Is Wil Myers the center of Padres’ struggles?

Wil Myers
Wil Myers and the Padres defense is catching some criticism, but is he the real problem? (Christian Petersen/Getty Images)

Much was being made in the offseason about the San Diego Padres’ potential defensive limitations, especially regarding center field with Wil Myers. It’s somewhat understandable given that Myers isn’t a prototypical center fielder, and he’s coming of an injury plagued season with limited experience in center. In addition, there was talk about Matt Kemp’s arthritic hips and how well he’d respond after myriad injuries the last few years. That said, the defense (overall) has been solid. There has been a few hiccups for Myers in center, but but both Kemp and Justin Upton have been excellent.

Now, advanced metrics may disagree, and have these guys covering limited ground, (especially Myers) but it’s also a very limited sample size. Watching these guys every day, you see the offensive production outweighing the defensive limitations.

While the outfield defense seems to be working as planned, despite league-wide skepticism, the few mistakes have been costly ones — magnified further by surprisingly mediocre pitching. The Padres usually pitch well, especially at home, but PETCO Park is nowhere near the hitter’s graveyard it was prior to fence modifications.

The Friars’ talented pitching staff hasn’t performed as advertised, primarily due to a struggling bullpen, which was an expected strength coming into the season.

Some bloggers are clamoring for a new “true shortstop,” pointing to that specific area as an issue. Although Alexi Amarista is not a long-term solution at short, he is hardly the “problem” early on. While he’s hitting a mediocre .212, he’s vastly improved his on-base percentage, his main downfall in the past. He’s pairing getting on base with excellent defense at a premium position, and that’s very valuable.

Back to the outfield defense. While Myers isn’t ideal for center, the fact that a healthy Matt Kemp, a former center fielder, and an underrated defender in Justin Upton, who moved from right to left, has help make up some ground for Wil Myers. In addition to playing along side such veterans, Myers has an excellent teacher in Dave Roberts, the Padres bench coach. Also, and I think it’s important to re-emphasize that PETCO has been modified and there is much less ground to cover. On top of the fence modification, the atmospheric conditions at PETCO have been known to knock would-be home runs down. Shouldn’t that be beneficial to Wil Myers and not a hindrance? The park’s atmospheric conditions seemingly hold the ball up, allowing outfielders to track down balls that typically would carry farther in other environments.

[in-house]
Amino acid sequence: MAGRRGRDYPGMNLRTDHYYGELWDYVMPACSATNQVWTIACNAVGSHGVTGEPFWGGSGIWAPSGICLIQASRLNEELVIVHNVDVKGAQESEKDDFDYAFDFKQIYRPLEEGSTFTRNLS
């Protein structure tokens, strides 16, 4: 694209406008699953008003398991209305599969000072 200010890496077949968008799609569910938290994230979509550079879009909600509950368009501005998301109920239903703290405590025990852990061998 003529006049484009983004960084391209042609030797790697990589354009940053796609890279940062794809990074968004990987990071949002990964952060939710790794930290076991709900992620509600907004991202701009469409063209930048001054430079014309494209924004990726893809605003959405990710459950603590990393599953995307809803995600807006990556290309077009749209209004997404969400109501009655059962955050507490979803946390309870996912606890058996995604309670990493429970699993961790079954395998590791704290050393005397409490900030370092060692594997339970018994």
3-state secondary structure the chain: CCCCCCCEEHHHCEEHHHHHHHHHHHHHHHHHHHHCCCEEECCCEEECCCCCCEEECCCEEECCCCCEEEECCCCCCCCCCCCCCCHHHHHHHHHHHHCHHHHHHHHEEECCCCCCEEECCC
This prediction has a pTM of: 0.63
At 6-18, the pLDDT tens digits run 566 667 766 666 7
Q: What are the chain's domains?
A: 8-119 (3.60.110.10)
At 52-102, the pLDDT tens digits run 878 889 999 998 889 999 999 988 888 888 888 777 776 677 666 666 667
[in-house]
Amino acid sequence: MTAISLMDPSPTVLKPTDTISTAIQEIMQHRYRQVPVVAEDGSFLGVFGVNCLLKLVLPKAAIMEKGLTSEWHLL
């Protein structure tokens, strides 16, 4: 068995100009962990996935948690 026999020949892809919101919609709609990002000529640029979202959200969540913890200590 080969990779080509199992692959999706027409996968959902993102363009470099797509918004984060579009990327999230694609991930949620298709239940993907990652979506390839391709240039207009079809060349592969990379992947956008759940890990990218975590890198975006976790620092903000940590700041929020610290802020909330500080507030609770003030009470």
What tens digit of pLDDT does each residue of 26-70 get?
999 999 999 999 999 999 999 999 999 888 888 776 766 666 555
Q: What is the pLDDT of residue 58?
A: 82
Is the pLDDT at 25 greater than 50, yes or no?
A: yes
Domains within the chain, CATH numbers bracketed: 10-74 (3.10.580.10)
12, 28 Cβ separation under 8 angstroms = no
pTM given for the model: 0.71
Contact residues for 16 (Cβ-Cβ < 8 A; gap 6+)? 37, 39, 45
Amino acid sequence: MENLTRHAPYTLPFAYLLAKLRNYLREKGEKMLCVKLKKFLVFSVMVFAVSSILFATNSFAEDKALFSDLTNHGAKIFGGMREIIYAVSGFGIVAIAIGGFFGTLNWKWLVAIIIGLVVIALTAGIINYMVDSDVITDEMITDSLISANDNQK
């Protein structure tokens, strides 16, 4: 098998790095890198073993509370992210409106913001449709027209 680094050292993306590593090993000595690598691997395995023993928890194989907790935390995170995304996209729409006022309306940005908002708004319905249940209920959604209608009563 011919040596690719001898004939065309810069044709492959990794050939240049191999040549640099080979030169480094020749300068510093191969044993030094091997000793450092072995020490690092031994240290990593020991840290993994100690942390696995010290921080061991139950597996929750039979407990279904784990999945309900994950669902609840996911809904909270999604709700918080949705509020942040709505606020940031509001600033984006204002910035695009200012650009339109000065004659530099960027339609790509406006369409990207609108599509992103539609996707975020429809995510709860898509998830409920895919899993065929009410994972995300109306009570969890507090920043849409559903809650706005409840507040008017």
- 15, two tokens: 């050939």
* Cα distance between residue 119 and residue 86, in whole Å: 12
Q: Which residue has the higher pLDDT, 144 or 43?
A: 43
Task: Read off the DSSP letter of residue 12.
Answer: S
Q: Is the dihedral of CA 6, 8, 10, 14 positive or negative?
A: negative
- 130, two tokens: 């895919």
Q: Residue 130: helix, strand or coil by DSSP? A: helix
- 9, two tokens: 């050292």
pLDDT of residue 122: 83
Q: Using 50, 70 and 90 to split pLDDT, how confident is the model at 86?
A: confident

The point: Outfield defense is not the reason the Padres are losing, despite some miscues in center.

Myers looks healthy and is producing along side Kemp and Upton, proving the skepticism, so far, to be false.

What’s the problem?

The balls in play have much more to do with poor pitching, exposing some of the defensive limitations and perpetuating the notion Myers may be an issue moving forward. Maybe he will be, but he’s looked more than a viable option in center given his offensive production. Having said that, if the bullpen lives up to even 90 percent of its capability, you’re not seeing these guys exposed as much.

That puts the focus back on the bullpen. The Padres have some strong pieces in Craig Kimbrel, Joaquin Benoit, Dayle Thayer, Shawn Kelley, Nick Vincent, Kevin Quackenbush and newly acquired Brandon Maurer (via the Seth Smith trade with Seattle). There’s a lot of talent there, and there’s no way this corp of relievers continues to let starting pitching staff down.

How to fix it

Simply put, calm down. These guys will produce and be fine. I know the triteness of “it’s early” might frustrate people, but it’s true. Bud Black is still trying to determine what pitchers belong in particular situations. And while I think he’s done a poor job utilizing his bullpen this year, he also has new guys. But more importantly, he has pitchers with solid track records along with warranted optimism from having the best pitching coach in the game to iron out the issues and find the right balance.

One last thing: A.J. Preller and the front office want to win yesterday. So, it’s unfathomable to believe as competitive and brilliant as Preller has been, he won’t get creative to make appropriate changes if the Padres’ slide continues. He’s just not that kinda cat; he won’t sit back and be content with status quo. He doesn’t just want to be competitive, he wants to go deep into the playoffs and ultimately win the Wold Series.

So, for now, pump the breaks. The defense has been more than adequate and will be less exposed when the pitching is running on all cylinders. And the fallacy of PETCO being too much for Myers is nonsense. If he doesn’t work out in center, it will not because of the way PETCO Park plays.

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